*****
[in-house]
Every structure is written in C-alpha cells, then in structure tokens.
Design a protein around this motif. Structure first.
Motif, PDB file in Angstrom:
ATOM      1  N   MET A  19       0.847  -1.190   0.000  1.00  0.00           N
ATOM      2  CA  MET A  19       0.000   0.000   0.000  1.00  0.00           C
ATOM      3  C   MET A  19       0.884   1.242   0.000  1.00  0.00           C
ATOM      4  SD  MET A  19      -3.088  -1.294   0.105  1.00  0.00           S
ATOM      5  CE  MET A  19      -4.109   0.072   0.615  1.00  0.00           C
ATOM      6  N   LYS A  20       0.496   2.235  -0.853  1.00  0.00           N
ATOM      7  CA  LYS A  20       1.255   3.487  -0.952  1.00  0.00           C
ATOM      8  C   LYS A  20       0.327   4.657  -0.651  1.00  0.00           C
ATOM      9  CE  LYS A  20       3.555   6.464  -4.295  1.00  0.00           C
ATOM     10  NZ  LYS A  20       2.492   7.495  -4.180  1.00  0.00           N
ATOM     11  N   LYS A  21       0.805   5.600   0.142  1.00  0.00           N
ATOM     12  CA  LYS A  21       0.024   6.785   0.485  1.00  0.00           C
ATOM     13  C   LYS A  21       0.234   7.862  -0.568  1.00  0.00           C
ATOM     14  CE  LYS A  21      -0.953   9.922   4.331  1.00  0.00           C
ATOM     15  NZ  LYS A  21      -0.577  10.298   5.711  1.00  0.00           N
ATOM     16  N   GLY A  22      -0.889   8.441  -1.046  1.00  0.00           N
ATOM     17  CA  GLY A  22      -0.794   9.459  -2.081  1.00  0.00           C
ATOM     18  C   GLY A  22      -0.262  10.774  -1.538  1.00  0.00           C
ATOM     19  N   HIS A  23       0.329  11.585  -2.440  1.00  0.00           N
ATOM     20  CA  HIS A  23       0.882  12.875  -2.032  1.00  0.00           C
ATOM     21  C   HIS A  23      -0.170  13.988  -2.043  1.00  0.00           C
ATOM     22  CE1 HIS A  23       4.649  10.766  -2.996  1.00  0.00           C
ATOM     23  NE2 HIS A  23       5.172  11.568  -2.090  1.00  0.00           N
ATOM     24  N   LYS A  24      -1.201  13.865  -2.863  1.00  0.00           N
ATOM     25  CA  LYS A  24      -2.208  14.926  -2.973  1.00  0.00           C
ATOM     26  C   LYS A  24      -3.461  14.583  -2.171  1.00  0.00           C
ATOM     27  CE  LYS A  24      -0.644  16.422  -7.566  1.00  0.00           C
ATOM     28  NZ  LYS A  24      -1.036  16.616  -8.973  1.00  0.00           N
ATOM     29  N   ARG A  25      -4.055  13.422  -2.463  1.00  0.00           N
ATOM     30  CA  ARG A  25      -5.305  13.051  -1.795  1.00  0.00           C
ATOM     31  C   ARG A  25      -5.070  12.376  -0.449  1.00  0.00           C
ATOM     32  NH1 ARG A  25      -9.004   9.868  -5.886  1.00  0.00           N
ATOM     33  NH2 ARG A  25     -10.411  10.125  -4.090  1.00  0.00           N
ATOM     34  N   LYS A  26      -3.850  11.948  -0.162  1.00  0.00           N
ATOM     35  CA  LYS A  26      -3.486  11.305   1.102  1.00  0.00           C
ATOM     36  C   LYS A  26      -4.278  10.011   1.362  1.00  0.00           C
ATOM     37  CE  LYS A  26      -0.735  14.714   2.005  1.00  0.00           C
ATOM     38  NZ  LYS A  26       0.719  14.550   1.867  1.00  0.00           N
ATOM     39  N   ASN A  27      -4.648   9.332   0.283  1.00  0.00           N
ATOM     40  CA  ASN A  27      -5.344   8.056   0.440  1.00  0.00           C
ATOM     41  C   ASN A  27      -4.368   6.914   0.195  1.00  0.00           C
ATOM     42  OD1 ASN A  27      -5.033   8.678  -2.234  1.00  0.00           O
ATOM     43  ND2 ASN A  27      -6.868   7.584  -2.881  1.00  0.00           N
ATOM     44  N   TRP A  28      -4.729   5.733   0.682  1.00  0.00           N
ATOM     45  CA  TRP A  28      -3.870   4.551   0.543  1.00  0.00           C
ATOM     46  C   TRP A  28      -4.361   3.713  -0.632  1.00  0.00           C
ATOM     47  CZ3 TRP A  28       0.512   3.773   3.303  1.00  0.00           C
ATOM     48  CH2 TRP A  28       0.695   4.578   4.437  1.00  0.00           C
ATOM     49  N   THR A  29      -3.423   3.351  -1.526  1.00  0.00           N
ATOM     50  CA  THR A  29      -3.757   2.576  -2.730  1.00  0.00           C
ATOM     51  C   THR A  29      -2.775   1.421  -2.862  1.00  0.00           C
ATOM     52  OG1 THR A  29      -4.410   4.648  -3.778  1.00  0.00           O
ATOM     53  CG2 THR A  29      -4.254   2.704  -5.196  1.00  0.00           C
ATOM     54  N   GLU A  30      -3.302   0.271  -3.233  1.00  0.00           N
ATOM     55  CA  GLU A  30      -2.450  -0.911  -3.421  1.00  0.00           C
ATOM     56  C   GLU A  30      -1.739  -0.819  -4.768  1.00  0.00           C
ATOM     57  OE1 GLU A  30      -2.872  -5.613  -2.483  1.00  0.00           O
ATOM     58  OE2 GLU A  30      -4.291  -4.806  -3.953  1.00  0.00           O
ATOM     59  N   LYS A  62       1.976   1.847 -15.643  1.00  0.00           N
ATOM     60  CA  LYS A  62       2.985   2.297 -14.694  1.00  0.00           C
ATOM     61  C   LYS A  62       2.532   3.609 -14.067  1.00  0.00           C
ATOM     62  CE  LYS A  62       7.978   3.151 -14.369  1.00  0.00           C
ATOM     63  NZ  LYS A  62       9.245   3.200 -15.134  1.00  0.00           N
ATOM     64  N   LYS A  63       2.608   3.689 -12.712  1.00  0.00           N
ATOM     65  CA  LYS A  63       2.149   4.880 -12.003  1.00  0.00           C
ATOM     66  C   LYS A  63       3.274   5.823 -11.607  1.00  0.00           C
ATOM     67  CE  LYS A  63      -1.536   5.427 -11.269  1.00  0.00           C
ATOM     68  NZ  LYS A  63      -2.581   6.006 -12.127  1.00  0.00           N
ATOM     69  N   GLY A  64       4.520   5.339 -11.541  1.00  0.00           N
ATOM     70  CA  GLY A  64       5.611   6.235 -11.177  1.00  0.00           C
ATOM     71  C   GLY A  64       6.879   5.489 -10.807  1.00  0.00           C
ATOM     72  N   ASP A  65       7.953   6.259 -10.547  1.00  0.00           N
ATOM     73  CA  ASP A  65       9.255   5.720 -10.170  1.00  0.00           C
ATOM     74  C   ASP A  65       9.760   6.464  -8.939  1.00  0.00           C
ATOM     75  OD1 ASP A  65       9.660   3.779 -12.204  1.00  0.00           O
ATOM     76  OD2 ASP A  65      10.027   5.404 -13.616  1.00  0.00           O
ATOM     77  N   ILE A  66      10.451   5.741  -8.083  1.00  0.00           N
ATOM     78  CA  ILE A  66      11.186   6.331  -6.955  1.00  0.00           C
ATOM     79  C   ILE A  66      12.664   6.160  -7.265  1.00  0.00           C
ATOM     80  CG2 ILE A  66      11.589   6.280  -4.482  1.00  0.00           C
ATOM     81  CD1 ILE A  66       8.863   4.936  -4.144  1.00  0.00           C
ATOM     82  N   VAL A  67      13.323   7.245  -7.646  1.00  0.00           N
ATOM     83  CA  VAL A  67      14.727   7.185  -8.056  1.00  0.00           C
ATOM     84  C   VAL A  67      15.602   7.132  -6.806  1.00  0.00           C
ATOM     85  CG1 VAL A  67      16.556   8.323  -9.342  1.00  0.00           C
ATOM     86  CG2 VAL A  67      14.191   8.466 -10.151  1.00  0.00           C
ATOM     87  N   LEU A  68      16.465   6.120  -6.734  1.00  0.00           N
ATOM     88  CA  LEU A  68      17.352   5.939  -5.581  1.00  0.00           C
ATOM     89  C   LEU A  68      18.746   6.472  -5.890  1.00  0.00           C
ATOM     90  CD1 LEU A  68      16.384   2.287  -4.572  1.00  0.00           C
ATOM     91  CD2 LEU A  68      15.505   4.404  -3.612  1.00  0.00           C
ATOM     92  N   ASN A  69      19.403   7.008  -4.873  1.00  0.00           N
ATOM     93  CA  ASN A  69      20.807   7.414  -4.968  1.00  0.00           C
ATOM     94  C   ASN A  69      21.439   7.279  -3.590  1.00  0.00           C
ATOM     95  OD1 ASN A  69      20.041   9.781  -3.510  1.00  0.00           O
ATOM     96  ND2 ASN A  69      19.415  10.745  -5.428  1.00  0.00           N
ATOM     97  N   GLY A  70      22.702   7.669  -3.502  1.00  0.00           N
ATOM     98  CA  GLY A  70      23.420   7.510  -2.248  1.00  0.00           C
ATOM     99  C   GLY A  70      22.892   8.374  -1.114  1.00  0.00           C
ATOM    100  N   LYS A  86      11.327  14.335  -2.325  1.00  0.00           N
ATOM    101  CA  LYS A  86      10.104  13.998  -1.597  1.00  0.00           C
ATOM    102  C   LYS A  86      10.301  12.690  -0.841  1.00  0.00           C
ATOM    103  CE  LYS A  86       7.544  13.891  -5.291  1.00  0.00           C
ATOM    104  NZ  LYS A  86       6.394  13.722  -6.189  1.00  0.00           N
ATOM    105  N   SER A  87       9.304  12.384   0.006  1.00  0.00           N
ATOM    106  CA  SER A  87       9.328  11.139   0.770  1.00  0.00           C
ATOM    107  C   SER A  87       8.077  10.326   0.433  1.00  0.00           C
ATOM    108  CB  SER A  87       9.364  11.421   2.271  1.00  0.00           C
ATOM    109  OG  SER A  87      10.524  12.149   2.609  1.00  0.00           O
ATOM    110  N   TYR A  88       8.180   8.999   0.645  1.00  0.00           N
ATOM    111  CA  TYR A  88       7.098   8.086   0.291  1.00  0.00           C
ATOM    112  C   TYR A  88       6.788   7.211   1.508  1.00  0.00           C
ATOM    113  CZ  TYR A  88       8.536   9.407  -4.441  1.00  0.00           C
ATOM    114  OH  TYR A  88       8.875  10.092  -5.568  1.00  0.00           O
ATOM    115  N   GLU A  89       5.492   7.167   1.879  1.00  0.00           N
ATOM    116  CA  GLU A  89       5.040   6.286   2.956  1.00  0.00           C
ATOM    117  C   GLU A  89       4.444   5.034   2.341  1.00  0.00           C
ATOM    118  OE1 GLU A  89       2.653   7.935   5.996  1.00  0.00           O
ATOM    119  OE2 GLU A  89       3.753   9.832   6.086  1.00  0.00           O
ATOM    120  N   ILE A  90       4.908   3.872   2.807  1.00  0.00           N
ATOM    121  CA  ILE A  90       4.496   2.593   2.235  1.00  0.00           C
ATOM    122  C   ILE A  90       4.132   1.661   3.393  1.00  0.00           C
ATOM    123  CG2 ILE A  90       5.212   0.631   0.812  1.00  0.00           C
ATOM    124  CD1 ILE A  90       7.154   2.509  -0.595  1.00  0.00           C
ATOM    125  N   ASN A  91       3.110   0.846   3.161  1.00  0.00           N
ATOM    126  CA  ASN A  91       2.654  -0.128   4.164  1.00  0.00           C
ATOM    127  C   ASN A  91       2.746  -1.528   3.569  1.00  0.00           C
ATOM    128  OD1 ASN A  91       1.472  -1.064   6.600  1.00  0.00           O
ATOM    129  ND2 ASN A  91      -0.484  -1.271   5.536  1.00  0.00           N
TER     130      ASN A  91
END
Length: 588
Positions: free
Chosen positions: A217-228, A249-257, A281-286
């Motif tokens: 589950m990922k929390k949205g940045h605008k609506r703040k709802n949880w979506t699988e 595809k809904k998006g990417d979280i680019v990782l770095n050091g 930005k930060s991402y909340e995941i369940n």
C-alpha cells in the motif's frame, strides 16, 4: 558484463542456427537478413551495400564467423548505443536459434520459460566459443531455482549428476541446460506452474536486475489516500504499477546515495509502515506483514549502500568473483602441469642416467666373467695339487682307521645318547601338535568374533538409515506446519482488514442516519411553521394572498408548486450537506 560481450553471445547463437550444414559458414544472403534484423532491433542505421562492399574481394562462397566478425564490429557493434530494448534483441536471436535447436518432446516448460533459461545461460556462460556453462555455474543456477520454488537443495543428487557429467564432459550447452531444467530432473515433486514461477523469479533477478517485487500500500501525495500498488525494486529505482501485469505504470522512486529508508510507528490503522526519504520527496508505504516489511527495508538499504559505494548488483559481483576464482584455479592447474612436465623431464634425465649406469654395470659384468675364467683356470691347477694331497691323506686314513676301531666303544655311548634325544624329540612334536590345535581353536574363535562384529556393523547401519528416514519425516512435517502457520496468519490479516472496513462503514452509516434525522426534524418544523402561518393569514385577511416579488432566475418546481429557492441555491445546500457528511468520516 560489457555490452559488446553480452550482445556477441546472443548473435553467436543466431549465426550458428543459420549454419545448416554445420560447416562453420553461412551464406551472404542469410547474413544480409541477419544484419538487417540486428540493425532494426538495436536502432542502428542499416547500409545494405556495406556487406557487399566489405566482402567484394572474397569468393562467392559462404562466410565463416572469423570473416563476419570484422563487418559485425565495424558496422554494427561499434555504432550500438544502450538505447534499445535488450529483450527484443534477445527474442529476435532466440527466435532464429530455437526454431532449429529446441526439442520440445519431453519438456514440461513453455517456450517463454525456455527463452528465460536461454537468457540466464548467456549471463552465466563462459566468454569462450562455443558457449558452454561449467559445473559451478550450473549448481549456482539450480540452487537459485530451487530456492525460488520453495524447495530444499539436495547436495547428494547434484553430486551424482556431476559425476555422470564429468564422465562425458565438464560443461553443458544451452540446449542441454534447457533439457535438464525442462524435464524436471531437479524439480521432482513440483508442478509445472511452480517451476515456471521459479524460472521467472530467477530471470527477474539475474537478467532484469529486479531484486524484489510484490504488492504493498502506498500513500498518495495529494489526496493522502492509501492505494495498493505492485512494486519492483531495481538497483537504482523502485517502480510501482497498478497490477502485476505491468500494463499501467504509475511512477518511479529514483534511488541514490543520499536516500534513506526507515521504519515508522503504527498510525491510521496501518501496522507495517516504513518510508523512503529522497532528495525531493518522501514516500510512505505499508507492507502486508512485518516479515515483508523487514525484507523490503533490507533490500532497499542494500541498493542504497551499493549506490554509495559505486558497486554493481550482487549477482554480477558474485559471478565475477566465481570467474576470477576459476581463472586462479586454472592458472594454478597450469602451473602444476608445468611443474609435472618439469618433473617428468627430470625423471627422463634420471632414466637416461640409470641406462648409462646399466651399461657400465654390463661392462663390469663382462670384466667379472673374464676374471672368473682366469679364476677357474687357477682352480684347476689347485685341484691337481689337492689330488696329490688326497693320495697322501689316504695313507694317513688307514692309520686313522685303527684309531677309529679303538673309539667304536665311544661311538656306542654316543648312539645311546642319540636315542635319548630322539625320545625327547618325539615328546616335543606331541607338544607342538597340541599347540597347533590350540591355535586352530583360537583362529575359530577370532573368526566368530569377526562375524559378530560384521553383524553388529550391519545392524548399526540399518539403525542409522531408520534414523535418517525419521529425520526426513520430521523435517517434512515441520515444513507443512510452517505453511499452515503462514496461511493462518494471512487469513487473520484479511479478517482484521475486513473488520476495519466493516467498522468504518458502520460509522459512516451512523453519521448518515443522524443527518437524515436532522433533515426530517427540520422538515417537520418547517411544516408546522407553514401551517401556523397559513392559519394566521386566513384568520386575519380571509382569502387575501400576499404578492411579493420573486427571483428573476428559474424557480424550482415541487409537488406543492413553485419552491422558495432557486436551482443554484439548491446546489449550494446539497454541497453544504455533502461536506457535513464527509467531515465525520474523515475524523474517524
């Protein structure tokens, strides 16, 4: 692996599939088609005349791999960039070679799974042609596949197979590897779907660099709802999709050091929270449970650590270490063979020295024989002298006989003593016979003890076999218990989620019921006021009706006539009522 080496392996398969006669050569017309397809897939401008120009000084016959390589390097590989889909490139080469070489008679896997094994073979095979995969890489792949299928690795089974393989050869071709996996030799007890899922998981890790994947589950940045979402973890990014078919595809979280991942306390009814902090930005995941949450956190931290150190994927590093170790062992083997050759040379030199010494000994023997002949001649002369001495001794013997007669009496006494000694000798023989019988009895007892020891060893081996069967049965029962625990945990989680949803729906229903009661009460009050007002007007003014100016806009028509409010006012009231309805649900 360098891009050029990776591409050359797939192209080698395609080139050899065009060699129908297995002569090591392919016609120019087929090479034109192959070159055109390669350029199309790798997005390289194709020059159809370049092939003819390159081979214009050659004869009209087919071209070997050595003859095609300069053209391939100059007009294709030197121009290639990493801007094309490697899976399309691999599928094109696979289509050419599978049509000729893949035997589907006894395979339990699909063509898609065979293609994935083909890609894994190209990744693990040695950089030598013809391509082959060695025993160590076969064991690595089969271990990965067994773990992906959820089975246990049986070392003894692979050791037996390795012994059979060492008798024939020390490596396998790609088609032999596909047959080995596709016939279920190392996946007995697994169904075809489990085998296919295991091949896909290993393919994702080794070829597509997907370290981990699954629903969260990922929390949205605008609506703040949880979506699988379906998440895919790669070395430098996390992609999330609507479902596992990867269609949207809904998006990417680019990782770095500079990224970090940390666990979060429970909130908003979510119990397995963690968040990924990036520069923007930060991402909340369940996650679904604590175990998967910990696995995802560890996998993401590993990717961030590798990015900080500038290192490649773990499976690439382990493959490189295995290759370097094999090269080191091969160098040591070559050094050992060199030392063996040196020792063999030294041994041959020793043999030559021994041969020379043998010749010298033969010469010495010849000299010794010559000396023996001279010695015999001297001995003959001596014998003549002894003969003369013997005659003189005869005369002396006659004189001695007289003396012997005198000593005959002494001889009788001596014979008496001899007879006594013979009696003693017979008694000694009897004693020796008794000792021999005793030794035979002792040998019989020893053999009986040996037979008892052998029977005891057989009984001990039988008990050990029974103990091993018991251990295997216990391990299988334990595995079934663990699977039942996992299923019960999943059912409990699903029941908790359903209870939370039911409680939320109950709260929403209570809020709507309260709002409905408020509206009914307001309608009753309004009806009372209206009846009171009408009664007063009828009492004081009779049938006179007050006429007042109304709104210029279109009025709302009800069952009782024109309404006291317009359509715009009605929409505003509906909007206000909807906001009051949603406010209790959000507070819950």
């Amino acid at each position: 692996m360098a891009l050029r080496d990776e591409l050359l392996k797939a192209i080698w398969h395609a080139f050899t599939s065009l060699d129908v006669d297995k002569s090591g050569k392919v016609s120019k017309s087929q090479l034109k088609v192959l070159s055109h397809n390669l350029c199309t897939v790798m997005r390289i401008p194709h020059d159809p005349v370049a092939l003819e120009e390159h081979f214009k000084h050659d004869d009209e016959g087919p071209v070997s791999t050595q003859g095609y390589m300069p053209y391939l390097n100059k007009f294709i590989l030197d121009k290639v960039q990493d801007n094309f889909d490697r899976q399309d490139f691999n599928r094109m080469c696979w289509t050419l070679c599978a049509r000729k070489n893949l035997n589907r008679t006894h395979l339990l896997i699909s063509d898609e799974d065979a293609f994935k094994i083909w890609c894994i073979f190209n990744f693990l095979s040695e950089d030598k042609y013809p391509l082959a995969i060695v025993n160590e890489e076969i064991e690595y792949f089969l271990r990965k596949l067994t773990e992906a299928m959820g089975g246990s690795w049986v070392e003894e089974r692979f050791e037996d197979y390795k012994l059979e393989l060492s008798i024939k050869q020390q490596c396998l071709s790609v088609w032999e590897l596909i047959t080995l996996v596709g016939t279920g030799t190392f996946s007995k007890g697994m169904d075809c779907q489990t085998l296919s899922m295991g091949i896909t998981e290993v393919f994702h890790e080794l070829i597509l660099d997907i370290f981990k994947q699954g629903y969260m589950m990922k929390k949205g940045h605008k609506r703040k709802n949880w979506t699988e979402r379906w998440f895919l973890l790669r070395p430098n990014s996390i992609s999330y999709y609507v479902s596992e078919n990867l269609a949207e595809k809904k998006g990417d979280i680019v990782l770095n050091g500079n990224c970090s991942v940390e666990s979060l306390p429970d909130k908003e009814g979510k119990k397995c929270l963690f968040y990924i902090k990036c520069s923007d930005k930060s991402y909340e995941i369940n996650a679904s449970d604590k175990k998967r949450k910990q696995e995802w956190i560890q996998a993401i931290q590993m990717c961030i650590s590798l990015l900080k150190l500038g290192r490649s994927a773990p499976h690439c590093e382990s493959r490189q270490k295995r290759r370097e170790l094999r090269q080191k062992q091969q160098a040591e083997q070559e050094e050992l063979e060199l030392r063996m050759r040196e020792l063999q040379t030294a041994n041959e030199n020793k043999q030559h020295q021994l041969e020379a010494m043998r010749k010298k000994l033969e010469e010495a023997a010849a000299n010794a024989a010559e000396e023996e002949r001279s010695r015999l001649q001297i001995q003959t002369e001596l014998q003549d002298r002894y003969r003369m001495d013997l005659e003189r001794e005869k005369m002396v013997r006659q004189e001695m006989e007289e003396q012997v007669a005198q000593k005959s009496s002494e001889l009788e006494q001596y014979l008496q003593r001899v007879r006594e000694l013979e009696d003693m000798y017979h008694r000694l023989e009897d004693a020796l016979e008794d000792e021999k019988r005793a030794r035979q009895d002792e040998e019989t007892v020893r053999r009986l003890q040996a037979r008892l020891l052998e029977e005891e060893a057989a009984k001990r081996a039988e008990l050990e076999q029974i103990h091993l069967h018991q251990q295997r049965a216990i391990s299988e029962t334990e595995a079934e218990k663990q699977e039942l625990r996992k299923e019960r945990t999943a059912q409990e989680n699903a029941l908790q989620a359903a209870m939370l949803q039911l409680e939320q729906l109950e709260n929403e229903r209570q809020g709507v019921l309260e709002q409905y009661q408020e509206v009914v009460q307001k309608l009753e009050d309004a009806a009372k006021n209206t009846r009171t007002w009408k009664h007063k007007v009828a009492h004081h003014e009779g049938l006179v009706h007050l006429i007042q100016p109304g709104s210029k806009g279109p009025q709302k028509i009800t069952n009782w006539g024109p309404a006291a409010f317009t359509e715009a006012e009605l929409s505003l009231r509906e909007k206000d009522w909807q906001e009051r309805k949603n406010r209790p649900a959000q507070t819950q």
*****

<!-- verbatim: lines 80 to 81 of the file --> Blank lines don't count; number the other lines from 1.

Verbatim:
ATOM     76  OD2 ASP A  65      10.027   5.404 -13.616  1.00  0.00           O
ATOM     77  N   ILE A  66      10.451   5.741  -8.083  1.00  0.00           N